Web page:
By Lawrence Martin, Globe and Mail, January 10, 2011
The Liberals’ youth wing is pushing to cut the final cord with Britain. It favours a policy resolution calling for the election of a Canadian as head of state....
In Canadian history, the cycle of independence has been authored chiefly by the Liberal Party. It was under the Liberals in 1929 that the Statute of Westminster, which eliminated much of Britain’s authority to make laws for Canada, was negotiated. It was under Lester Pearson in 1965 that Canada got its own flag. It was under Pierre Trudeau in 1982 that the Constitution was patriated. It’s natural that the Liberals should be the party that takes the final step.
A decoupling from the monarchy would be popular in Quebec, the province where that institution, for obvious reasons, is least popular. The Liberals need to rebuild their old base in Quebec. The monarchy move would help.
The monarchy is most popular with older Canadians, a demographic that the Conservatives have well in hand. But if you’re looking to be the party of the future, it’s the younger generations to whom you must appeal. Although William and Kate were a big hit in Canada with all age groups, the monarchy is less relevant to the younger set. And it’s less relevant to an increasingly multiethnic Canada.
Of course, we all know that Quebec would welcome the move to move to total independence from the monarchy. They see the crown as a symbol of everything wrong with Canada, as its British heritage is waved over them, and the rest of the country, like a badge of pride, honour and victory rendering many in Quebec as 'second class' citizens in this picture.
And of course, the Liberal party has traditionally held the largest cadre of seats in Quebec, leading to their many majority governmments, as well as several minorities. However, the loss of Quebec votes from the Liberals is rooted in their own dirty hands, and the embarrassment of the sponsorship scandal, not from having a monarchy.
Separatism, sovereignty-association...these have some connection in their motivations to the monarchy and there are some, likely, who would see decoupling as another method of dampening down the separatist cause.
However, if the Liberals think and believe that decoupling from the British monarchy is their silver bullet back to power, they are smoking something very dangerous to clear thought.
A big idea, like a mega-energy project of the seventies, is no longer a ticket to power. Just watch the wrangling over both the Keystone and the western Canadian pipelines. It will take a compendium of medium, modest fundable and long-range targets in several files to capture the imagination and trust of Canadian voters for the severely damaged Liberals.
And that compendium of policies will have to strike a new balance between the ignored (by Harper) social policy side, and the rapidly emerging foreign affairs policy side, also clearly above the head of the Harper gang.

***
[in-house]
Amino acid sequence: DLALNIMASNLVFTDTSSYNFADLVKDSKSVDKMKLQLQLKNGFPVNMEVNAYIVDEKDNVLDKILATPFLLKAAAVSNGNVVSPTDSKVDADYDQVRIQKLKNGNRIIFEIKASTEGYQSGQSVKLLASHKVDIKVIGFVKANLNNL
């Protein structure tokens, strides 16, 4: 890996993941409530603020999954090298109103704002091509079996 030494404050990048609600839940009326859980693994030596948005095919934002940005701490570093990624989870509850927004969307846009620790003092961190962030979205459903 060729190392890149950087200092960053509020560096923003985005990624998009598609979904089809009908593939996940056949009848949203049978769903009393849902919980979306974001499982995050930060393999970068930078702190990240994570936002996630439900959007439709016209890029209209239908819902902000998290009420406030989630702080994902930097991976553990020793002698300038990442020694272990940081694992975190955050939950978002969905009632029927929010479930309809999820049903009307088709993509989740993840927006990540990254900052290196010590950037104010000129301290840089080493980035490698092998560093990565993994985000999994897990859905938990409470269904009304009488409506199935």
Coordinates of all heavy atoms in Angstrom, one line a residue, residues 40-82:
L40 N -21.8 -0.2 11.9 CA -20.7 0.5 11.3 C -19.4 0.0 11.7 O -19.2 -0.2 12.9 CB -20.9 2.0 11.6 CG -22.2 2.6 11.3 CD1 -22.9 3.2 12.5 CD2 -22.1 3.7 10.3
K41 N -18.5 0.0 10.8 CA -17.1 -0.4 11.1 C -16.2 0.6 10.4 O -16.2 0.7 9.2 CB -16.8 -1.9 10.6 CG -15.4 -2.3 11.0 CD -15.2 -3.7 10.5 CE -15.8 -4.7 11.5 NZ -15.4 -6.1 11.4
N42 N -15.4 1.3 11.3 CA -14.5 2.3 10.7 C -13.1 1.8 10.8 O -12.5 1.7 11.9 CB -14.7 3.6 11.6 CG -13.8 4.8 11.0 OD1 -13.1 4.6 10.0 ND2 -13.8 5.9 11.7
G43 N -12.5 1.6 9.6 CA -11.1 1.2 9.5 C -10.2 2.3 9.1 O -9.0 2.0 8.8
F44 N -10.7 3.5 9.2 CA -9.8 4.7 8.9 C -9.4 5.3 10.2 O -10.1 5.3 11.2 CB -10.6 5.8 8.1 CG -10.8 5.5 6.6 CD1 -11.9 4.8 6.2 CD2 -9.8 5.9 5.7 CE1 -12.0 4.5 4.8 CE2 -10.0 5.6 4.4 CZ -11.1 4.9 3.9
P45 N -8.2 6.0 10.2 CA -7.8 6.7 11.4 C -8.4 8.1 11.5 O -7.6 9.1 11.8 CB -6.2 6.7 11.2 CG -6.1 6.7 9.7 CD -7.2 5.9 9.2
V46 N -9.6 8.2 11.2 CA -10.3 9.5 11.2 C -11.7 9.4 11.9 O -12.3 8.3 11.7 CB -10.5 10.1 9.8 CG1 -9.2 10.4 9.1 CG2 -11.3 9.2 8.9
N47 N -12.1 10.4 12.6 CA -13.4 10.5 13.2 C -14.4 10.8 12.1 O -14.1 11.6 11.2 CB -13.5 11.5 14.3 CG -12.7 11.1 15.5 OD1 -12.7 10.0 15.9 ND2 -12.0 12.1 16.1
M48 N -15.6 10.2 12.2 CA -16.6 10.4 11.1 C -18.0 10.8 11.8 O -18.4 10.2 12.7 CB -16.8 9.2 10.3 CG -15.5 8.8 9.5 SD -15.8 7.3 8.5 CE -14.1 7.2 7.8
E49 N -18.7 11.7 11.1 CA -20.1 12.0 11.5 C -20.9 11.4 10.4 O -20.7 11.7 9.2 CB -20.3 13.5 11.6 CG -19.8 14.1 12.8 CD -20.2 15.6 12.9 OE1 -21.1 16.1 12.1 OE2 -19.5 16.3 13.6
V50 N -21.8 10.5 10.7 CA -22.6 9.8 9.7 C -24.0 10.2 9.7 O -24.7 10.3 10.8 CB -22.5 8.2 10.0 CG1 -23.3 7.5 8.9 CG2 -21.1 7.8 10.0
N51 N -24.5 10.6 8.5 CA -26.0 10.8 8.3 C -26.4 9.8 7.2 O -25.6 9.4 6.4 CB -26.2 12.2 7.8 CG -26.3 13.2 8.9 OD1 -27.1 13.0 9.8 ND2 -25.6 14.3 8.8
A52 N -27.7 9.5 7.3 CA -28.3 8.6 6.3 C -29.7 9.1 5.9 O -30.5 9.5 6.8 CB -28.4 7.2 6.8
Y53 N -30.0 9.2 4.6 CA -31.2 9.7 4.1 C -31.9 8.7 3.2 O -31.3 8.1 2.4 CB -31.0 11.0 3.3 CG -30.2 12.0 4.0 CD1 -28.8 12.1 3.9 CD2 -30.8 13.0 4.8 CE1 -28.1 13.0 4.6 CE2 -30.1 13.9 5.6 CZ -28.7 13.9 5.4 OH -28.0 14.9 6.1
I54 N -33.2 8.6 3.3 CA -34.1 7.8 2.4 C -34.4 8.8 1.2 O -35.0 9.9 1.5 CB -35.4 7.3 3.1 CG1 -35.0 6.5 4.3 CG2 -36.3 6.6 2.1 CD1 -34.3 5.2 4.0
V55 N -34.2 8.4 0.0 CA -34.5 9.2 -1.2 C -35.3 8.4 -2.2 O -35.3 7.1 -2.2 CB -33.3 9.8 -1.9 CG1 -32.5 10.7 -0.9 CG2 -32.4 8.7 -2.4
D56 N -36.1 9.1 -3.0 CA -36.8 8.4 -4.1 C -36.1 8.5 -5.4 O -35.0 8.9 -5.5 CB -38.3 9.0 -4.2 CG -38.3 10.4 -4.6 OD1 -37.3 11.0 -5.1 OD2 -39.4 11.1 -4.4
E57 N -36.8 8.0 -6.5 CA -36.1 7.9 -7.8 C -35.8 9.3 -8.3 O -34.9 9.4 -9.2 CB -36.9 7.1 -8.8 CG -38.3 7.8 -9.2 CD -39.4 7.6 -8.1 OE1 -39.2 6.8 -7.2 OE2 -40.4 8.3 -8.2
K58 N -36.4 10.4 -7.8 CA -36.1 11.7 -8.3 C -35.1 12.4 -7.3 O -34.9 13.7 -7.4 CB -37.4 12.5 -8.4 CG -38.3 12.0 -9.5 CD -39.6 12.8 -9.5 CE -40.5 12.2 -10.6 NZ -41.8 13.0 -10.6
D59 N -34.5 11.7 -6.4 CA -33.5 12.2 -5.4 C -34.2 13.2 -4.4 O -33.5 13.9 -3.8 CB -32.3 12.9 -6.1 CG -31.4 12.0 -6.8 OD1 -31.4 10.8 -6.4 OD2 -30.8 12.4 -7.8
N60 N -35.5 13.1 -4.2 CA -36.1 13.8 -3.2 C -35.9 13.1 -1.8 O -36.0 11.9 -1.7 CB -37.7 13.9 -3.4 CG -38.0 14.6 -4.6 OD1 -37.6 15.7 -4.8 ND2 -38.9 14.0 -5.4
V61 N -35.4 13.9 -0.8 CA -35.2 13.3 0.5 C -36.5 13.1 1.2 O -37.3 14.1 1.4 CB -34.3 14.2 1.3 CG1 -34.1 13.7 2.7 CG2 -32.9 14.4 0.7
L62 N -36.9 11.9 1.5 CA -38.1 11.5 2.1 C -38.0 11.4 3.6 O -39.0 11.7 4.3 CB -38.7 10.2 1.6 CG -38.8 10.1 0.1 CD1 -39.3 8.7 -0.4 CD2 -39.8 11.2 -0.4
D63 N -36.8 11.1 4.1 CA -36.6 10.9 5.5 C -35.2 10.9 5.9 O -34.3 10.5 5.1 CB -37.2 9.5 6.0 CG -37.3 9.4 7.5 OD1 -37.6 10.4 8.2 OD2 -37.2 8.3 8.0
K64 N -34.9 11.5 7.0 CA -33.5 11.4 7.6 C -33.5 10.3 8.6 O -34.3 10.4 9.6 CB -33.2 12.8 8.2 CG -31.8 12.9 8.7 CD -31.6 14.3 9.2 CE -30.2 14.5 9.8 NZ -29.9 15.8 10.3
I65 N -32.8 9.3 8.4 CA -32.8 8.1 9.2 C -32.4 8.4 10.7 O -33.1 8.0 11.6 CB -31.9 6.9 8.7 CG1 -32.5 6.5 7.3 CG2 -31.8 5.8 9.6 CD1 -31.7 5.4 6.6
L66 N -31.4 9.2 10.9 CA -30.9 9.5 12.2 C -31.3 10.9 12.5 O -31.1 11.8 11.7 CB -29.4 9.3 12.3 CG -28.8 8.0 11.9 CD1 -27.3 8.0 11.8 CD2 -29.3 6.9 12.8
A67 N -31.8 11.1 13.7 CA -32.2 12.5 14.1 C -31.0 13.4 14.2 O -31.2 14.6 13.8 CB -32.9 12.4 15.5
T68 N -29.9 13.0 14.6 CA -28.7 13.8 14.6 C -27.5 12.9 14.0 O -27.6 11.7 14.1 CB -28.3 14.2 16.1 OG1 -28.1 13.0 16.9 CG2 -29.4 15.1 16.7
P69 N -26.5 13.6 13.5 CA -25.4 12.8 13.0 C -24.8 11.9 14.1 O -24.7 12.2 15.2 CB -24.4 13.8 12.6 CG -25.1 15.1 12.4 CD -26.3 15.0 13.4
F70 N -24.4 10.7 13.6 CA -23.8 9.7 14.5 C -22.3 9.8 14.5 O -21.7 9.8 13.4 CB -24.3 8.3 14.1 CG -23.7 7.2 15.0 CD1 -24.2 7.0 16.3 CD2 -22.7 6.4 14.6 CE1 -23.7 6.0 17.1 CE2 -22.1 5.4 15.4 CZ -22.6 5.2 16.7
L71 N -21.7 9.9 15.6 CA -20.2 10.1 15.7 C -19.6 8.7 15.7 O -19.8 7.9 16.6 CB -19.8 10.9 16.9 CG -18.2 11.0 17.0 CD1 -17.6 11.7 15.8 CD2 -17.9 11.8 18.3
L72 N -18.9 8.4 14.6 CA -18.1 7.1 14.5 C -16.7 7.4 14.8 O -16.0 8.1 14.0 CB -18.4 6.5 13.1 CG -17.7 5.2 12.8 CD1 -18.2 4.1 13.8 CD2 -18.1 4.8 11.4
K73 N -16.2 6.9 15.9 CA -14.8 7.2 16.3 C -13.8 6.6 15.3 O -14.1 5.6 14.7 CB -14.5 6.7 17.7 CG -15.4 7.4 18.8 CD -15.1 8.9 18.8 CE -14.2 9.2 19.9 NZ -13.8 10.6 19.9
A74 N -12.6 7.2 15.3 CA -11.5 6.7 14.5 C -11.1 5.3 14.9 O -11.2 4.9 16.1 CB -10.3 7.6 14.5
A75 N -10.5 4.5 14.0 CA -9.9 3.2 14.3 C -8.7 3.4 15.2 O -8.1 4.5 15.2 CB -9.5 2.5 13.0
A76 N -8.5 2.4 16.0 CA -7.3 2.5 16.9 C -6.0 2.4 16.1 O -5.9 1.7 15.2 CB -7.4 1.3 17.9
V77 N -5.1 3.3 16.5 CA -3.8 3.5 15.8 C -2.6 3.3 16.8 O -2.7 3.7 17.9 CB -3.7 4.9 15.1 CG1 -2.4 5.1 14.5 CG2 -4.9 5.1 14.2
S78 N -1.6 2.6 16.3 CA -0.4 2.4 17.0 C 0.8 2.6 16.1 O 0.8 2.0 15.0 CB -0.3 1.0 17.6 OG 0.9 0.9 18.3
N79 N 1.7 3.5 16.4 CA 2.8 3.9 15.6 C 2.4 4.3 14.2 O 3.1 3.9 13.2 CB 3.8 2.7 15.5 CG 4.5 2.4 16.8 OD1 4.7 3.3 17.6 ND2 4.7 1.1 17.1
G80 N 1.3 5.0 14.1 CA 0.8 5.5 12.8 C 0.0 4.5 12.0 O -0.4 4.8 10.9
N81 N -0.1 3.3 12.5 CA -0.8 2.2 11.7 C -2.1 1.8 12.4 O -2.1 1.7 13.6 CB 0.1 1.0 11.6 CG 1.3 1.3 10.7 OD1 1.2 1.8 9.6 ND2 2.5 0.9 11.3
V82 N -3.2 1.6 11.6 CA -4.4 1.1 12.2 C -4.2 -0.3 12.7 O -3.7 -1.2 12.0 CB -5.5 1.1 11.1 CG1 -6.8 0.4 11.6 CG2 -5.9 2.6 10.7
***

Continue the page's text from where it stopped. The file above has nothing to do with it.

Canadians may not like what Harper is doing and has done on many files; however, he has done what he said he was going to do. And bad policy, as Mike Harris proved, is always trumped by "fulfilling the promises made."
Canadians really don't care how much a government screws up in policy, so long as it does what it says it is going to do. How pathetically tragic!
It seems far easier for the Canadian population to wrap its head around "did they do what they said they would do?" when they are in the voting booth, than to examine critically the nuances and the broad strokes of where the government is taking the country, and how many unwarranted changes will have to be undone to clean up the mess after their gone.
Similarly, we elevate the Auditor General to the status of "protector of the public purse" when the power of that office is limited to the information made available to its occupant. And this government clearly "does not give a fig for how it conducts itself on the paper trail".
Why does the Liberal government not consider a national citizen education program, to inform and debate with Canadians the future of our country?
Why does the Liberal party not consider a list of researched options on a number of files, linked to public lectures, television specials and documentaries, and followed by a series of party straw polls on the options, as another bridge between the tragic elitism and arrogance of its recent past and the ordinariness and common touch of its needed future?
If the monarchy proves to be one of the fundamental changes Canadians desire, so be it. However, the Liberals have a golden opportunity to "do politics differently" and that means bold thinking about the how, as well as the what in policy terms.
And, so far, there has been very little bold thinking coming from any of the cubbieholes in Ottawa commonly known as offices of members of parliament. Has the oxygen been sucked out of those cupboards in the recent retrofit of the buildings?